As a bird lover, I want to go and see birds in a beautiful, natural environment.  I don’t want to go to see a polluted lake where a lot of the water has been sucked out and drive through an area where local forests have been destroyed to get there. 

    Raising funds to support the project

    In 2017, the theme was ‘Saving paradise in the Pacific’.  The aim was to remove invasive predators from the French Polynesian island of Rapa Iti.  Last year, Birdfair raised a jaw-dropping £333,000 was raised towards the work.

    The 2018 project is an ambitious one.   A project to create and protect a national park and all its wildlife, whilst helping locals through eco-tourism.  And surely a model for other conservation organisations to look at? 

    Useful links

    Visit the Birdfair website here.  It's been conserving nature worldwide since 1989.

    Aves Argentinas - I hope you speak Spanish!  But do take a look anyway.  

    BirdLife International - BirdLife International is a global partnership of conservation organisations (NGOs) that strives to conserve birds, their habitats and global biodiversity, working with people towards sustainability in the use of natural resources. 121 BirdLife Partners worldwide.

  4. Around the world there are many people who are willing to put their lives on the line in order to protect endangered animals.

    Sadly, estimates suggest that over 1,000 rangers have been killed in the line of duty over the past 10 years. 

    World Ranger Day is a chance for all of us to show our appreciation for the work that wildlife rangers and guardians do and offer our support in whatever way we can.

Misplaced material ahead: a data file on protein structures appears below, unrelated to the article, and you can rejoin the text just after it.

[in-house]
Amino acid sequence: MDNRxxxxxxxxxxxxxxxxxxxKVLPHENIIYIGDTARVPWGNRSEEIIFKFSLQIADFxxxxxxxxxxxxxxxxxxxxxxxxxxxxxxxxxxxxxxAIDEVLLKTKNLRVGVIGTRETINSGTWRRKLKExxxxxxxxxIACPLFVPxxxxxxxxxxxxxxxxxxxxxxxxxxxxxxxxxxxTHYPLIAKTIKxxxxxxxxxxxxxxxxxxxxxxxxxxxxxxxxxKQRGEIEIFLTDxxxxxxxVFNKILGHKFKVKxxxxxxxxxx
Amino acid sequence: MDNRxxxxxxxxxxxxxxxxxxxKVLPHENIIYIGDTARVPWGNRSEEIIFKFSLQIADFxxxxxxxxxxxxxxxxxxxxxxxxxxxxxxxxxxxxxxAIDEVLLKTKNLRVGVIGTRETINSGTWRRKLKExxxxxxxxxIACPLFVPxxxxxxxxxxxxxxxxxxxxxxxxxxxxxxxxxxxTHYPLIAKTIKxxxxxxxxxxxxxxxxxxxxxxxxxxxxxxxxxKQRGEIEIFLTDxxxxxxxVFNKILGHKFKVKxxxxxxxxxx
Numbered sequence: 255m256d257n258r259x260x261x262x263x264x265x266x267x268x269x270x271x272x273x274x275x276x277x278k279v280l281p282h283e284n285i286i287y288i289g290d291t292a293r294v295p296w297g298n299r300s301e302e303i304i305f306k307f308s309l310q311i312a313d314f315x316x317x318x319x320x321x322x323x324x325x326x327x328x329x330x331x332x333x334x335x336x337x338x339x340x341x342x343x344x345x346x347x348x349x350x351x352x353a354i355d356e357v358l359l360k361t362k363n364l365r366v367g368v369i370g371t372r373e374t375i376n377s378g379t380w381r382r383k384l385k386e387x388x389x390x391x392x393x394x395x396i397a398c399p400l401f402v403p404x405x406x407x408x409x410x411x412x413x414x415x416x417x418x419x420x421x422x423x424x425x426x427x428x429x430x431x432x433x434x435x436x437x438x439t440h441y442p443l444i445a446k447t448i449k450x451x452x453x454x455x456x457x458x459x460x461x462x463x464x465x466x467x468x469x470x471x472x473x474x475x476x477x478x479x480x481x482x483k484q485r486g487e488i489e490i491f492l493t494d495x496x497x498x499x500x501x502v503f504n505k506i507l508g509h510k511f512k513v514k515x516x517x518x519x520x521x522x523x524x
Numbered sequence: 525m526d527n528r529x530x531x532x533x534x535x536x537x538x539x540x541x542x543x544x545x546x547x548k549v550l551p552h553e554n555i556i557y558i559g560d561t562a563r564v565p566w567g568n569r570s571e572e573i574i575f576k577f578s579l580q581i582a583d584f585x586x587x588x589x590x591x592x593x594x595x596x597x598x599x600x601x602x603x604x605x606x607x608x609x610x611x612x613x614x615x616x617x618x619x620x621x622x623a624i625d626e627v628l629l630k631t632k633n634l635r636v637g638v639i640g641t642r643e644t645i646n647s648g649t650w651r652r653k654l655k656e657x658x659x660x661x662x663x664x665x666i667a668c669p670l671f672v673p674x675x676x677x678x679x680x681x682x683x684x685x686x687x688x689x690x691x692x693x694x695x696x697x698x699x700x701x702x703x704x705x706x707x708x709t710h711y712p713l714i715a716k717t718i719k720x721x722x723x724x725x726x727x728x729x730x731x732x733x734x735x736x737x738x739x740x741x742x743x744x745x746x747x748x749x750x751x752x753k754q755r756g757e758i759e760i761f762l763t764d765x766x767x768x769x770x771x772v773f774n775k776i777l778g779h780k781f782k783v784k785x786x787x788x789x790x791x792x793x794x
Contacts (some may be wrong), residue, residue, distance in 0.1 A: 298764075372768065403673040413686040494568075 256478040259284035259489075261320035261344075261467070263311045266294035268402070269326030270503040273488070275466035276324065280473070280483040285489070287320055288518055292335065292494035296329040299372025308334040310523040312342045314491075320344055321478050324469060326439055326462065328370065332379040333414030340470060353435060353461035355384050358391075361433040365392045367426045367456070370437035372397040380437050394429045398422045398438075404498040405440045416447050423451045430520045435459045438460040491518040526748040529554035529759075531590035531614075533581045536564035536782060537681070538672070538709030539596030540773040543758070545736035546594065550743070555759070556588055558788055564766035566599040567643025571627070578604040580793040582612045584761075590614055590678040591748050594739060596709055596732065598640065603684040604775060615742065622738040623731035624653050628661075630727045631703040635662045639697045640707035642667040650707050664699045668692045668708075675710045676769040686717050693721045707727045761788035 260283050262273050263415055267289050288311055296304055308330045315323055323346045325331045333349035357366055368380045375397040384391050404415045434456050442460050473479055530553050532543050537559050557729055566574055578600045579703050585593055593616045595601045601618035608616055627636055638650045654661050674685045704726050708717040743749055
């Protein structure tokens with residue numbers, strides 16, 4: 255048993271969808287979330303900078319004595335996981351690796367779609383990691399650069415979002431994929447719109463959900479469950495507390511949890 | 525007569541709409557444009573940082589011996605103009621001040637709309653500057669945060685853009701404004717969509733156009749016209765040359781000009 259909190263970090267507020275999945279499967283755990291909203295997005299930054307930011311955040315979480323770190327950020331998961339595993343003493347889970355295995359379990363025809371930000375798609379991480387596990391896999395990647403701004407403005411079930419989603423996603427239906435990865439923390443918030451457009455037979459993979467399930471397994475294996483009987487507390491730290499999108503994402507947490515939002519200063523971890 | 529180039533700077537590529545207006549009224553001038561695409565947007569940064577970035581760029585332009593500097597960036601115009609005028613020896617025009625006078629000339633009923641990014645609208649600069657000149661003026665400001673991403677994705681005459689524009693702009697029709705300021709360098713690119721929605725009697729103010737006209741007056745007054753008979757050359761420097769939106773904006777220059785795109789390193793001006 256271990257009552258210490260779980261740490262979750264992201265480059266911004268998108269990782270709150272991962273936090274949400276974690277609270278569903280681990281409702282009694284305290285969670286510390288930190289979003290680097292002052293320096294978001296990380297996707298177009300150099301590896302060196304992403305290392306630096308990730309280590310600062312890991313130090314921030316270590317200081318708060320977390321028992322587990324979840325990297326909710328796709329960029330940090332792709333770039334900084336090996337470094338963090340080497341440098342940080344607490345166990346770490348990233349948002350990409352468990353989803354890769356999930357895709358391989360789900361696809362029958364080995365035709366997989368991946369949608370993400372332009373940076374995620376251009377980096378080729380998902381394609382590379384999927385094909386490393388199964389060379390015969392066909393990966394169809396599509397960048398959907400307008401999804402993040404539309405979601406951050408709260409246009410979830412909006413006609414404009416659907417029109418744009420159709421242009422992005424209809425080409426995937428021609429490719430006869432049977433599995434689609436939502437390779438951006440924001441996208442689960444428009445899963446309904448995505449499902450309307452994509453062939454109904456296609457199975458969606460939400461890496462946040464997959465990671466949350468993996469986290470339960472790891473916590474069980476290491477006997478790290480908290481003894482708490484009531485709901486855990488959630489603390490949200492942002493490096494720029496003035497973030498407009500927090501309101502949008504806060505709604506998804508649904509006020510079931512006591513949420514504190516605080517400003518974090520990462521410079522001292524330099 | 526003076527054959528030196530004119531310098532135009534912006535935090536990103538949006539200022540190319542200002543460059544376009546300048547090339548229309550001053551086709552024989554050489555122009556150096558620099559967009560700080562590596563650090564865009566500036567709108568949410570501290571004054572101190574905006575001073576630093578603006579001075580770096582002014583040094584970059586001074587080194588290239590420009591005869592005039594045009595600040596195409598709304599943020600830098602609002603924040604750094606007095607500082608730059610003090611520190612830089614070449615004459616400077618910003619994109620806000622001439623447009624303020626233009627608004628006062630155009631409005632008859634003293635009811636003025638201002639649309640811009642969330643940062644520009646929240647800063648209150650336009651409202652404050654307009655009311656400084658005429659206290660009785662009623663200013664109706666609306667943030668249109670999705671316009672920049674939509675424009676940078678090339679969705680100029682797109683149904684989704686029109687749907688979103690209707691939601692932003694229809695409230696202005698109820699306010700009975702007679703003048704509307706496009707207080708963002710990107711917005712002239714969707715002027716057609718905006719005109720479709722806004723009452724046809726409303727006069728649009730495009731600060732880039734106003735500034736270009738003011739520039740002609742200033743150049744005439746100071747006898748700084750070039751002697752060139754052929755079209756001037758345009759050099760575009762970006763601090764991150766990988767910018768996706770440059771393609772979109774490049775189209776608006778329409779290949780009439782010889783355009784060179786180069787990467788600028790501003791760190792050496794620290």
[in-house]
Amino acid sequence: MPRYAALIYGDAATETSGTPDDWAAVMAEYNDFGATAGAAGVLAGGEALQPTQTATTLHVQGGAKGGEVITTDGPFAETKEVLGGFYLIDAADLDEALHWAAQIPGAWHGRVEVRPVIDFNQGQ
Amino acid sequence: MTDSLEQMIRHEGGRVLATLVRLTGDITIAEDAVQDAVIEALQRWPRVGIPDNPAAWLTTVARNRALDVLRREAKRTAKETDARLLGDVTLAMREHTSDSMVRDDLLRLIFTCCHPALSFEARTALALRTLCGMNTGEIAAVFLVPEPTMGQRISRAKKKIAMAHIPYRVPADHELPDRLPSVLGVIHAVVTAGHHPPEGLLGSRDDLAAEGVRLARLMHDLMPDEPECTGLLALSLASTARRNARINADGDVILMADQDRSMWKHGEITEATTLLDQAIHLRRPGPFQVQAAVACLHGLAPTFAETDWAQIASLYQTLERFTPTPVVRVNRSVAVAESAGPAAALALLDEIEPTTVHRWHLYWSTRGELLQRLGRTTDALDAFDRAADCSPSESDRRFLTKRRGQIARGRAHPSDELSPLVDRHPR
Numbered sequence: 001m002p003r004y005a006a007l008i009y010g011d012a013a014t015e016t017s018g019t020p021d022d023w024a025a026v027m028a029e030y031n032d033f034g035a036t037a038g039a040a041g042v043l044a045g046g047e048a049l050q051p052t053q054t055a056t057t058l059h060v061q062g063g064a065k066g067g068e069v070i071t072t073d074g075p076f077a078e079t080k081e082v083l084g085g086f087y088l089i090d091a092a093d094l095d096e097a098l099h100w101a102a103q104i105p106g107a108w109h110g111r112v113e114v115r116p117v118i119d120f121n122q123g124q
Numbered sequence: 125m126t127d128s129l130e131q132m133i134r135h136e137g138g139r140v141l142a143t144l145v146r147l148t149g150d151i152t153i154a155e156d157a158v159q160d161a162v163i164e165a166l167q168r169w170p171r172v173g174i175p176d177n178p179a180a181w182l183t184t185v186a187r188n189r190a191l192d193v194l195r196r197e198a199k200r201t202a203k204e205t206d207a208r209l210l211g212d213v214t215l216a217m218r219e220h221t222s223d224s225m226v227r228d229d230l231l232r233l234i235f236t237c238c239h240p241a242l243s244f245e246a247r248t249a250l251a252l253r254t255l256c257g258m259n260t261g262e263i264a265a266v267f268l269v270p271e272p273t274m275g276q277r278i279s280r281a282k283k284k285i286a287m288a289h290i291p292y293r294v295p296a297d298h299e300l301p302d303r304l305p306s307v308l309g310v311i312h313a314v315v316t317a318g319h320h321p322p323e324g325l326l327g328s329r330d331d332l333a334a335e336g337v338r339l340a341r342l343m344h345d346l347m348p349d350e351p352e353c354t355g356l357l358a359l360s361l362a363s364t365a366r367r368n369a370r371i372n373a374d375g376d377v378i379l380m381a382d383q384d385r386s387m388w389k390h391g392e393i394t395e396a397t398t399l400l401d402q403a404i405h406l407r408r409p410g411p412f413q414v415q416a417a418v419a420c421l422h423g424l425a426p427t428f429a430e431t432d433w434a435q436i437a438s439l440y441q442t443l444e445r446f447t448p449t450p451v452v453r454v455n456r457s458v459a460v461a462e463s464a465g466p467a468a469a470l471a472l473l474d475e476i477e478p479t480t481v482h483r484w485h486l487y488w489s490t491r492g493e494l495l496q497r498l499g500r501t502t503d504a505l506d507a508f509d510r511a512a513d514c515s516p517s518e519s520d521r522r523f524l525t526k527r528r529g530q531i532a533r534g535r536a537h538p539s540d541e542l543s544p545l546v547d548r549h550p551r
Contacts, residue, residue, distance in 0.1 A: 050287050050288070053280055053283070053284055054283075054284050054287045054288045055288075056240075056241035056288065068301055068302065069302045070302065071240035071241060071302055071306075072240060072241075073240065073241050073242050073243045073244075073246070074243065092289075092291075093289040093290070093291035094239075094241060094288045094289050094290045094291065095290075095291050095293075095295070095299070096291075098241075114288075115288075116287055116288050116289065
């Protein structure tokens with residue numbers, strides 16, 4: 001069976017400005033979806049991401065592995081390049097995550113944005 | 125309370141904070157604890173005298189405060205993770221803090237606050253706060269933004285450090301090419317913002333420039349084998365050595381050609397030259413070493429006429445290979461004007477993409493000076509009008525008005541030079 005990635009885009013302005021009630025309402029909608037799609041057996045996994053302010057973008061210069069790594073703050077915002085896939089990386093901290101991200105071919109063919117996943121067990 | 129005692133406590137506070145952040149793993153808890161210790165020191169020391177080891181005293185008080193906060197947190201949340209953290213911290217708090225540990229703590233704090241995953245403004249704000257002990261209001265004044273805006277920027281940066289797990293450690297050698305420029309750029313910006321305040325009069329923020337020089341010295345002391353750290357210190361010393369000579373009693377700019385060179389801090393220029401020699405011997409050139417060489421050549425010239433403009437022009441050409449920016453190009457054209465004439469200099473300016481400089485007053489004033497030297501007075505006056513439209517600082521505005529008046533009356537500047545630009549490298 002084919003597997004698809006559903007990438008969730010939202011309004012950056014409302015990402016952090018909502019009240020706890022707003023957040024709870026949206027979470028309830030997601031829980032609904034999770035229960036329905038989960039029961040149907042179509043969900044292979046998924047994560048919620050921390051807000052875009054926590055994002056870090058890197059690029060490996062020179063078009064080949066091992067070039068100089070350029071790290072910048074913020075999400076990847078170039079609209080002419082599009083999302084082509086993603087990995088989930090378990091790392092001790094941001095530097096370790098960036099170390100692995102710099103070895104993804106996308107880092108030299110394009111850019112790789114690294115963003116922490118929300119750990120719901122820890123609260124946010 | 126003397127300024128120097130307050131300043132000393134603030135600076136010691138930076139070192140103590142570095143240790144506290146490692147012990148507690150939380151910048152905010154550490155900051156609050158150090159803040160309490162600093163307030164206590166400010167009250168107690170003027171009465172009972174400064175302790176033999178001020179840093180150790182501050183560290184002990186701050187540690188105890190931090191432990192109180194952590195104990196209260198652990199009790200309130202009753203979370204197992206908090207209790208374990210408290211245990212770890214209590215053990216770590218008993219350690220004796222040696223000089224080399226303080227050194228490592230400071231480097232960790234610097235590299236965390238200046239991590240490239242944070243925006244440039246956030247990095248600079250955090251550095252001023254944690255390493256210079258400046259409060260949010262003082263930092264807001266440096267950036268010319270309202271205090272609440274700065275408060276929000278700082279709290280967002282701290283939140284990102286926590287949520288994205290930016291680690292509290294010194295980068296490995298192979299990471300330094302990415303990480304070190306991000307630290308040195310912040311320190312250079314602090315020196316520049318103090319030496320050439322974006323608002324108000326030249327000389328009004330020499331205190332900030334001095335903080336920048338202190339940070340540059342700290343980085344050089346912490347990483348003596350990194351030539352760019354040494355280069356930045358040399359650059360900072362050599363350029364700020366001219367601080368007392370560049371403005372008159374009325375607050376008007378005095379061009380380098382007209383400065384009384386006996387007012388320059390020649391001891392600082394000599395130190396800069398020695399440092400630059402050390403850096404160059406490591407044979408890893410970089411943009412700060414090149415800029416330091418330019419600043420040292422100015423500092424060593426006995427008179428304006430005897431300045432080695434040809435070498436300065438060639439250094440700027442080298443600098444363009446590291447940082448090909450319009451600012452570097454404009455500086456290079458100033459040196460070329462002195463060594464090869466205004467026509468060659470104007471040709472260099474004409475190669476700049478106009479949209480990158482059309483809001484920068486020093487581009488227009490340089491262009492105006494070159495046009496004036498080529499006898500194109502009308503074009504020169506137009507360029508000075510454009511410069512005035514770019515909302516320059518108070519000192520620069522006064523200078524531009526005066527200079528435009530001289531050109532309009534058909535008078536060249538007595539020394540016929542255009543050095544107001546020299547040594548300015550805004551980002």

Act for Wildlife, led by Chester Zoo, can give you a good idea of what a day in the life of a ranger could be like.  They have been supporting Big Life’s efforts to preserve the black rhino in the Chyulu Hills, Kenya, for 14 years.   

    And it’s good to know that there is something you can do to help wildlife and locals in their communities at the same time, and we thought we’d do a roundup of charities and organisations working to help in this way.  Sometimes wildlife rangers are called wildlife guardians.

    The Thin Green Line Foundation

    Based in Australia, the Foundation works with ranger groups, ranger associations and conservation partners in over 60 countries.  They say it’s estimated that over 1,000 park rangers have been killed n the line of duty over the past 10 years. They are dedicated to providing Rangers worldwide with the assistance they deserve and need.  The online community Avaaz.org currently has a campaign running with the Thin Green Line Foundation to raise sufficient funds to sponsor 1,000 rangers a year to deploy the worst poaching hotspots in Africa.  300 rangers with this training virtually stopped elephant poaching in one huge area of Kenya. Please donate if you can and if you can’t donate, please share and spread the word. 

     

    The World Land Trust